If our purpose is to “Fill The Stadium” we would then want to make sure that everything in our organization is aligned with that purpose. Some things to think about might be:

  1. Are we creating a big enough database of qualified fans?
  2. Do our fans know who we are?
  3. Are we conducting enough high-quality events to generate interest in our football team?
  4. Is our corporate infrastructure aligned with the purpose of the franchise?
  5. Have we set up host-beneficiary relationships that “get the word out” about our football team?
  6. Have we set up joint ventures that are mutually beneficial to our organization and each group we are in alignment?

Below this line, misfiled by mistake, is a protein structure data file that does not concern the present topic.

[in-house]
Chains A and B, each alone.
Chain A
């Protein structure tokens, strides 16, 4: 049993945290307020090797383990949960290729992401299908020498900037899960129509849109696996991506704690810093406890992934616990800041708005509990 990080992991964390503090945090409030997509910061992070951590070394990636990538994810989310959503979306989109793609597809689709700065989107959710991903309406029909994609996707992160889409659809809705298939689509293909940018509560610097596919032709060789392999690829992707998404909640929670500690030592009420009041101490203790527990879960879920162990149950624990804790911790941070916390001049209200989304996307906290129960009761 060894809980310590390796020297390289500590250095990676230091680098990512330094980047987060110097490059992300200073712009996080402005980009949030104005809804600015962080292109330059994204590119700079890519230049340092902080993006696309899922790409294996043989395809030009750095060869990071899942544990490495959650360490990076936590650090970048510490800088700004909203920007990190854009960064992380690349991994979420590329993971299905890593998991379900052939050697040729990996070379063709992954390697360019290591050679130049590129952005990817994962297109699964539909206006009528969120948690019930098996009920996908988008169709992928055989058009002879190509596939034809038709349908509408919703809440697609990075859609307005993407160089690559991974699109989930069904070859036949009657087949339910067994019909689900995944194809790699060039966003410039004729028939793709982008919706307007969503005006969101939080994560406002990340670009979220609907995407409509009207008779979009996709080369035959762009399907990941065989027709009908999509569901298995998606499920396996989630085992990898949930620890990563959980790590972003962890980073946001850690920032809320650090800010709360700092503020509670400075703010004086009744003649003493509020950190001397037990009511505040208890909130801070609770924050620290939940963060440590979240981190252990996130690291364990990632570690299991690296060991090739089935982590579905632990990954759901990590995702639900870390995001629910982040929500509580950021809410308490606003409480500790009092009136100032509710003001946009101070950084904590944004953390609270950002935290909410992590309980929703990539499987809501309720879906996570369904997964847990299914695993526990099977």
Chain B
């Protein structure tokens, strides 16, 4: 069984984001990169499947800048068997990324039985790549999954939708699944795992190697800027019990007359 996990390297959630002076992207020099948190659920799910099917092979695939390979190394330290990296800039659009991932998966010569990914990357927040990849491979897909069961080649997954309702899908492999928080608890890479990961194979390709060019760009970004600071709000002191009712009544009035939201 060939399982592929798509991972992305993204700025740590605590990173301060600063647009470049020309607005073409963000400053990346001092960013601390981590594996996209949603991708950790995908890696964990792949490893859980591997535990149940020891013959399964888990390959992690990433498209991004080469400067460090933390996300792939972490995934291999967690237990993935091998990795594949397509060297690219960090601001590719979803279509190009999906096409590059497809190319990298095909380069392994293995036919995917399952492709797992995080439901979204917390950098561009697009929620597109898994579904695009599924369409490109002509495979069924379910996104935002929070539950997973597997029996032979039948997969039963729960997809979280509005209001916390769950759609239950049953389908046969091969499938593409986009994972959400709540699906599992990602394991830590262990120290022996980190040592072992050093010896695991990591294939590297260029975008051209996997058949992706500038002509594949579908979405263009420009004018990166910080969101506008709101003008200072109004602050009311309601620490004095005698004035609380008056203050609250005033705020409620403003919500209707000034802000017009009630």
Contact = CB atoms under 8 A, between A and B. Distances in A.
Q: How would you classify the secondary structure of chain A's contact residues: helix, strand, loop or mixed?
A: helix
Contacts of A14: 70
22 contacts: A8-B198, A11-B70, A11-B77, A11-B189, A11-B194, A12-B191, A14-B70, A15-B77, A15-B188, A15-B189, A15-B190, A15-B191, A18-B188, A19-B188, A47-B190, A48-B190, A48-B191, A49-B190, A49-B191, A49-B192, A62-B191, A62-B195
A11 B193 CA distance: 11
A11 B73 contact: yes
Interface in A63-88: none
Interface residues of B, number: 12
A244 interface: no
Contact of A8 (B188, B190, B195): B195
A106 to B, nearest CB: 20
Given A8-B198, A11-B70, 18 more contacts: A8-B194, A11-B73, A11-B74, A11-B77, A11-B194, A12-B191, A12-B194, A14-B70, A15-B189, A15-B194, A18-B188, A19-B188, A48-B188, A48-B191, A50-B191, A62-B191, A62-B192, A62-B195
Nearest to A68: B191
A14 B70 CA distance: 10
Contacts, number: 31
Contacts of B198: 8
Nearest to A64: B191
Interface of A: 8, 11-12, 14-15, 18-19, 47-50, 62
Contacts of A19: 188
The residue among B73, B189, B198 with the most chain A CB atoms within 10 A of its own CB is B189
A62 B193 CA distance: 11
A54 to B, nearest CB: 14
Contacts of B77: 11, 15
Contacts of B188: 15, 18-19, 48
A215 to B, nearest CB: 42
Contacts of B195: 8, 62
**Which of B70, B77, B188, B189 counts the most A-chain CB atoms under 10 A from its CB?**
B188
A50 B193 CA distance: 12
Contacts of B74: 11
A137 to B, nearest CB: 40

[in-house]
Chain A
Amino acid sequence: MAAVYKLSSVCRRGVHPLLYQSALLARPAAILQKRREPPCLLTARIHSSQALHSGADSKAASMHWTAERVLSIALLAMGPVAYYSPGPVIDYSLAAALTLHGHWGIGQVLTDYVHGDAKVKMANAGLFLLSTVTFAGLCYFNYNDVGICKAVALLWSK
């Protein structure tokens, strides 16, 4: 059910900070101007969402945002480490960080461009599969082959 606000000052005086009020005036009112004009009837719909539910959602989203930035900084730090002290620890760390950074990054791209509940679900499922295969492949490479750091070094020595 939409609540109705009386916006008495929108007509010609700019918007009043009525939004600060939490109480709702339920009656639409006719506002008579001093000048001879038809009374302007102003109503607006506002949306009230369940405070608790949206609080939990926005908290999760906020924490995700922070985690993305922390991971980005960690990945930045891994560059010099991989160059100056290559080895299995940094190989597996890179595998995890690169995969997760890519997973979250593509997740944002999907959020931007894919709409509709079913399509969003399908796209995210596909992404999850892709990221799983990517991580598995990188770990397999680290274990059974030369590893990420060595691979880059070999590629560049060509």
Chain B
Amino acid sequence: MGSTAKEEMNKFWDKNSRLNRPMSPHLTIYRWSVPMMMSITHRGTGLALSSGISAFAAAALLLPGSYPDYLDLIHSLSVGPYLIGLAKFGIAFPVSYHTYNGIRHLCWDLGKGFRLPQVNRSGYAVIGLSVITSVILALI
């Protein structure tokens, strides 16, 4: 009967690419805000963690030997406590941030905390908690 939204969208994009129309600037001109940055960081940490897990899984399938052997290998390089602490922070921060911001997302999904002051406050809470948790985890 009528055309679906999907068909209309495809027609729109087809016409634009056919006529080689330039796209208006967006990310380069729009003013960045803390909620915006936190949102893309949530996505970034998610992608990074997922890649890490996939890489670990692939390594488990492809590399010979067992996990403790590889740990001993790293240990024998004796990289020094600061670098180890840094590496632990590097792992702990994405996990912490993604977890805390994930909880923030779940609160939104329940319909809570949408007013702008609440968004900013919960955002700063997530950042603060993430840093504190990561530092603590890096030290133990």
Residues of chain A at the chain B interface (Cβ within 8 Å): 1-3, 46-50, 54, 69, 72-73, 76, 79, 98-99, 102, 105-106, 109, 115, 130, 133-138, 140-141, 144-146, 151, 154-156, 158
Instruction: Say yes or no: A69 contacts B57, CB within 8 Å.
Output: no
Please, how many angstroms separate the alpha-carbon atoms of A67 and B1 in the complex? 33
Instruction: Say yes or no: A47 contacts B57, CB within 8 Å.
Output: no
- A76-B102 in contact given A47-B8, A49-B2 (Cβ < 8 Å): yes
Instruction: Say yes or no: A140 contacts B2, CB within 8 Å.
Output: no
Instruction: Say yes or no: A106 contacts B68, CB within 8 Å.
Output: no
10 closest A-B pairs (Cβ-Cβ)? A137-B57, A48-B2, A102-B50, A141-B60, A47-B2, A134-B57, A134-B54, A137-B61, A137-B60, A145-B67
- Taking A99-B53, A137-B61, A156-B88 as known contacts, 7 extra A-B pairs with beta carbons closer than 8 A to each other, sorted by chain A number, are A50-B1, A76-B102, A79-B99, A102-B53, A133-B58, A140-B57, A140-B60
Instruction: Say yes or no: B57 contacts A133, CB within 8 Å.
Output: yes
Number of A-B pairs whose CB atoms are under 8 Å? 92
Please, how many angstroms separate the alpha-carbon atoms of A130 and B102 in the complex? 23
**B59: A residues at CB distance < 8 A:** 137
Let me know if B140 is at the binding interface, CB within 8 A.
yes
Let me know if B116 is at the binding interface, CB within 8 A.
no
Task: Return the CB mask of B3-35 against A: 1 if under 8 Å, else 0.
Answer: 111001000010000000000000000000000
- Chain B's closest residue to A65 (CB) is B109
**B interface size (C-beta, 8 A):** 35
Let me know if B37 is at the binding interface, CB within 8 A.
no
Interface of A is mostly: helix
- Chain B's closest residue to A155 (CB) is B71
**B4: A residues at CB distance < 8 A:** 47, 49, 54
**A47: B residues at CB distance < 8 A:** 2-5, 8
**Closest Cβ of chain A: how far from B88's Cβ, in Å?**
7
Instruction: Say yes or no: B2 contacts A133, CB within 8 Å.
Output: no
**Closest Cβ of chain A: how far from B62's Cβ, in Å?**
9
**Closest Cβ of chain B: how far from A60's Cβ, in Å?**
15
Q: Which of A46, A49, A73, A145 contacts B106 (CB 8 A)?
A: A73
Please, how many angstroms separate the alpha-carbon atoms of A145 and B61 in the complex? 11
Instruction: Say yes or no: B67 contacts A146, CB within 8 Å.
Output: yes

7. Is our administrative staff friendly to our public?
  8. Have we launched an active season ticket campaign to fill our stadium?
  9. Have we planned to make the game day experience exciting enough so our fans come back every week?
  10. Have we utilized the tool of “referrals” from our fans to it’s maximum benefit for all involved?

This brief capture list is certainly one we can build off of to fill our stadium to capacity. There is no excuse for not accomplishing our purpose if we are completely aligned with operating in such a fashion.

It is paramount that you remove distractions, barriers, non-compliance and opposition to fill the stadium.

Exchange In Abundance

In the business world, there is the concept known as “fair exchange”. When you give a product or service in exchange for money and the person receiving the product or service feels he got “his money’s worth,” this is considered “fair exchange”. Businesses have operated for hundreds, actually thousands of years on this principle of fair exchange.